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Whither Oil Prices and Inflation

Scott Anderson
Chief Economist

At the start of the year expectations were for flat, but stable oil prices in 2020.

But, the reality has been decidedly different with spot West Texas Intermediate oil prices plunging from $61.46 at the start of the year to just $16.50 on April 23, a decline of over 70.0%. WTI oil prices are now at their lowest level since 1999.

The COVID-19 pandemic has decimated global demand for oil and gasoline, while OPEC+ has been unable to cut oil supply enough to rebalance the oil market. As a result, global oil storage capacity is running low, and prices for temporarily storing oil at sea in oil tankers is skyrocketing – front month WTI futures prices actually went sharply negative for a time. Panicked investors were basically paying buyers to take their physical oil.

There Will Be Unwelcome Consequences

The sharp and unexpected drop in crude oil prices in March and April will create a significant decline in oil drilling and other economic activity in states like Texas, Oklahoma, Louisiana, Colorado, Wyoming and North Dakota in the months to come. These states are heavily dependent and on the oil industry for their overall economic performance. Already reeling from the COVID-19 pandemic, these states will be hit with a one-two punch to employment and state tax revenues.

U.S. shale oil producers and their employees will be devastated by lower oil prices too. Shale producers have much higher production costs than OPEC producers and need oil prices in the low $40s per barrel to cover costs according to Enverus, an energy consulting firm.

Oil prices at these low levels will force many more shale producers to slash drilling and well completions and lay off employees to maintain cash flow. Moreover, shale producers assumed too much debt during the good times and may not be able to survive the steep drop in oil prices.

U.S. oilfield service providers are also likely to suffer from lower prices as shale producers have asked for service cost cuts of at least 25.0% after budgeting based on crude prices between $55 and $65 per barrel. Service providers have responded by furloughing and laying off employees, with oil giant Halliburton furloughing 3,500 employees in late March. Defaults, bankruptcies and consolidation in the U.S. oil industry are next on the agenda.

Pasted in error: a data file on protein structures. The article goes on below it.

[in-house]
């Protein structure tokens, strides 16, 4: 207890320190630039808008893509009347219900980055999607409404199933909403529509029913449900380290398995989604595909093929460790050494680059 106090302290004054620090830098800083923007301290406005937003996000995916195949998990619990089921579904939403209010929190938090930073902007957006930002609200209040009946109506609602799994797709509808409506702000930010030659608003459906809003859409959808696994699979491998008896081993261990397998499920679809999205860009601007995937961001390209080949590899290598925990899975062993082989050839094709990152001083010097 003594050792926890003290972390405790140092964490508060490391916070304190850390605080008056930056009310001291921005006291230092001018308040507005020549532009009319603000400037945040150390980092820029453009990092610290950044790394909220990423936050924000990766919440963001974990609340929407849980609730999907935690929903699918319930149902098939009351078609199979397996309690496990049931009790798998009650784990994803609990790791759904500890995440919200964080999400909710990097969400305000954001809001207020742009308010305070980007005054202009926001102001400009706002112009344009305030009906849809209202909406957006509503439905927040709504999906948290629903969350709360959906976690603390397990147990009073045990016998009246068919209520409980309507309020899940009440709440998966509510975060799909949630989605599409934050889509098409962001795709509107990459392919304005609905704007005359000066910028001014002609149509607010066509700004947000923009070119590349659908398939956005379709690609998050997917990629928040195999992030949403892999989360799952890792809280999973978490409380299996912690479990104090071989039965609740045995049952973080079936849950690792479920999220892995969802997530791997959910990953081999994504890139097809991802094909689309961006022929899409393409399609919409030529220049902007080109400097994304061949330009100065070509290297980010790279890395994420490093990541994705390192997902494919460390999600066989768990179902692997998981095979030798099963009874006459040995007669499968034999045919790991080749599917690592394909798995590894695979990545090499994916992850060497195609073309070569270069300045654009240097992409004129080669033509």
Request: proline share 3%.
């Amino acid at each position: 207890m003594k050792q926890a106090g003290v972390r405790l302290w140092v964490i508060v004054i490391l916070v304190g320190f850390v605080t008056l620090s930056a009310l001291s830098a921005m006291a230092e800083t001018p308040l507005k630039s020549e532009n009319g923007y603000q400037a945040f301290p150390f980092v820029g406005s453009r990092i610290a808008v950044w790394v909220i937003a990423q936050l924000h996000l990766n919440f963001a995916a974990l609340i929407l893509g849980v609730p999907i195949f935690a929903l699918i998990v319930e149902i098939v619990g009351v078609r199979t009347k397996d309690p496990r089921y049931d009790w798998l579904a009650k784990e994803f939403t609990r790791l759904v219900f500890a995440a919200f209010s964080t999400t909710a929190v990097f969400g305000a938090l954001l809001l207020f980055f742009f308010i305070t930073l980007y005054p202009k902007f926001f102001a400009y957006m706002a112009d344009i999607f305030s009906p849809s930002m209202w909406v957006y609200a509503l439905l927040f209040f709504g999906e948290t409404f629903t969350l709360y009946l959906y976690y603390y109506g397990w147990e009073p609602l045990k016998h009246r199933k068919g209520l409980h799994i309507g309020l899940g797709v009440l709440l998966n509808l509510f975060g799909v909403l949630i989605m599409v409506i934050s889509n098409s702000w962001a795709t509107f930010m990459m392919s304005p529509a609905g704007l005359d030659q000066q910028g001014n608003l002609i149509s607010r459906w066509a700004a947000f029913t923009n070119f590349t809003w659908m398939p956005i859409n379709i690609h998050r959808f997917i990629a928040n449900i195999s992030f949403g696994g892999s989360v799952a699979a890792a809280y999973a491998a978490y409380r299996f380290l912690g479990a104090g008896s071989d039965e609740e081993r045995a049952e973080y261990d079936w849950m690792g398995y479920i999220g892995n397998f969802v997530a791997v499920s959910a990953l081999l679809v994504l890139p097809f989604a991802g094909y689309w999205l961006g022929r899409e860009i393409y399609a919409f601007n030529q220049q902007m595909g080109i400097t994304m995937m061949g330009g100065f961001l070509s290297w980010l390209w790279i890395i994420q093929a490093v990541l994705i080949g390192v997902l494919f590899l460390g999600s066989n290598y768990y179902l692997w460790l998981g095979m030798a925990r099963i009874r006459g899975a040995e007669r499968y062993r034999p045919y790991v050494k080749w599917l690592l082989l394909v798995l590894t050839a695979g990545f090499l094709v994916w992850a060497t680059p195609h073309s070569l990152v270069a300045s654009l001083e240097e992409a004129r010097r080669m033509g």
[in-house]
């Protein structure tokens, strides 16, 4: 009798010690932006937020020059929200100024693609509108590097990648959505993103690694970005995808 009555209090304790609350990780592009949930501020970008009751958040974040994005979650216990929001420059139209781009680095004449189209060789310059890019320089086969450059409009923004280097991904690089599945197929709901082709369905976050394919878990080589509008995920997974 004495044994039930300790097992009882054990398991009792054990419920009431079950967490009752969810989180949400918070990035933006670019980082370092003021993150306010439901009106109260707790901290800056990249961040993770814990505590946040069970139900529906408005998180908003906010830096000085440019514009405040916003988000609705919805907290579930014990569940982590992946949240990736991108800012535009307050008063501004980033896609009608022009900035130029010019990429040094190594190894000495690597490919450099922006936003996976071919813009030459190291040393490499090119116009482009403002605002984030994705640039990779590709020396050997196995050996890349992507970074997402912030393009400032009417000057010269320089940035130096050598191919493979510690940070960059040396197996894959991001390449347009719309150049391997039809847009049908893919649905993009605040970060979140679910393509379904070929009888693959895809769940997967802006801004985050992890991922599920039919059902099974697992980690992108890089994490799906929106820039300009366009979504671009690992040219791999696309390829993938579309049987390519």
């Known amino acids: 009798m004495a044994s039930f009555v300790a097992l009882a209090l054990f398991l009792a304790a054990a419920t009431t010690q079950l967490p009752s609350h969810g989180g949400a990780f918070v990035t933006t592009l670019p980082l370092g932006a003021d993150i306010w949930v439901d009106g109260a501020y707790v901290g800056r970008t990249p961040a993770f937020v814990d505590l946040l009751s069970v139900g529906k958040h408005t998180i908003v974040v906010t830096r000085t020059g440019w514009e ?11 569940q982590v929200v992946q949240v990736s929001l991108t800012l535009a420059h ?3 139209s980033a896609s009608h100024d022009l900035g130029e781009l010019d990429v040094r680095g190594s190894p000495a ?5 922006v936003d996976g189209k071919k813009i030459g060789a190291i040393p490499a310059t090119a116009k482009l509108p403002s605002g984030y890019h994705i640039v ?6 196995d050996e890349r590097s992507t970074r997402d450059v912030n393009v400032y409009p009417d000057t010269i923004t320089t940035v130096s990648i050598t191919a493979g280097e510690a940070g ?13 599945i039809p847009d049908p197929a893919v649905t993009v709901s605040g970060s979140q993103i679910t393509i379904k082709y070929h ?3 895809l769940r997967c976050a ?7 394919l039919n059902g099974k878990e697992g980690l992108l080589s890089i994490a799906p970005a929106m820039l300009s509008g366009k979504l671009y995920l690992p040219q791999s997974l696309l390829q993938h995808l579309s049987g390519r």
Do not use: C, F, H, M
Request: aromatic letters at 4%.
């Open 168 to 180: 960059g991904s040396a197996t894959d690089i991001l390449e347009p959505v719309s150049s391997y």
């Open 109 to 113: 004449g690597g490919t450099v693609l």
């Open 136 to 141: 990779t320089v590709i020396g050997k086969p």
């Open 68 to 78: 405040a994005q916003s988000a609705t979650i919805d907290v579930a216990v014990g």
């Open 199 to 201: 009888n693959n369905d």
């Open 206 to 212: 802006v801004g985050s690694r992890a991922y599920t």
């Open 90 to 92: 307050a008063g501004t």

Not Many Winners from Lower Oil Prices This Time

Most consumers would normally benefit from lower oil prices once they translate into lower prices at the pump. The national average gas price is expected to fall from $2.33 in March to $1.56 in May and remain under $2.00 through the end of the year, according to the latest forecasts from the Energy Information Administration.

Lower gas prices would normally allow consumers to increase discretionary spending, but with shelter-at-home orders still very much in place in much of the country, and job losses totaling over 26 million over the past five weeks, that is not likely to occur this time.

Consumer Price Deflation on the Horizon? Maybe

The International Energy Agency expects worldwide oil demand to decline by 90,000 barrels a day in 2020 with the U.S. and global economies in recession. The actual drop in daily global oil demand may end up being even greater.

We forecast U.S. real GDP will contract by an astounding 6.3% this year with the global economy likely to shrink by 3.2%. A second COVID pandemic wave across the U.S. and Europe in the fall and winter would cut these U.S. and global growth forecasts even more.

Our current forecast is that WTI crude oil prices will average $28.60 this year and $34.00 in 2021 – still well below break-even for many shale oil producers. This will accelerate deflationary pressures on consumer and producer prices that are already surfacing as global demand weakens. U.S. CPI inflation Q4/Q4 is projected to be zero in 2020 – lower than 2015’s meager 0.4% gain.

To learn more, check out this week’s U.S. Outlook.

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